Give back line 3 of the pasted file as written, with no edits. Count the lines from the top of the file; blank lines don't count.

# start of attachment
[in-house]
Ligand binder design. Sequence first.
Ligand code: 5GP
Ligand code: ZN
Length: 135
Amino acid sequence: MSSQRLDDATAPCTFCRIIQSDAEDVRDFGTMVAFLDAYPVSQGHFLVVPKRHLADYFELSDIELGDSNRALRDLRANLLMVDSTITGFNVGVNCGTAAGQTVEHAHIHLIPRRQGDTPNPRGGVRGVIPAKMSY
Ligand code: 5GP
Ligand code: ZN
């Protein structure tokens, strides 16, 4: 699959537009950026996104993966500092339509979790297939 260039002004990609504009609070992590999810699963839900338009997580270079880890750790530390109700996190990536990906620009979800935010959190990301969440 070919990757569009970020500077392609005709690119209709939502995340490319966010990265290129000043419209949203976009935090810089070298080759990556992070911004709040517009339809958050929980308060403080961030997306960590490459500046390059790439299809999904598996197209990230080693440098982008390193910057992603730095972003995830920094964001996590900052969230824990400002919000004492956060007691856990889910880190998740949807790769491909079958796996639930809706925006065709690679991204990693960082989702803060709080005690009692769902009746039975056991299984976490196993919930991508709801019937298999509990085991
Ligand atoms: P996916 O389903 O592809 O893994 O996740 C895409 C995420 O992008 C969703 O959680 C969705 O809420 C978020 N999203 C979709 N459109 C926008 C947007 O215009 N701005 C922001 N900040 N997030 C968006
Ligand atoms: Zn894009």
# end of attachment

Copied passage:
Ligand code: 5GP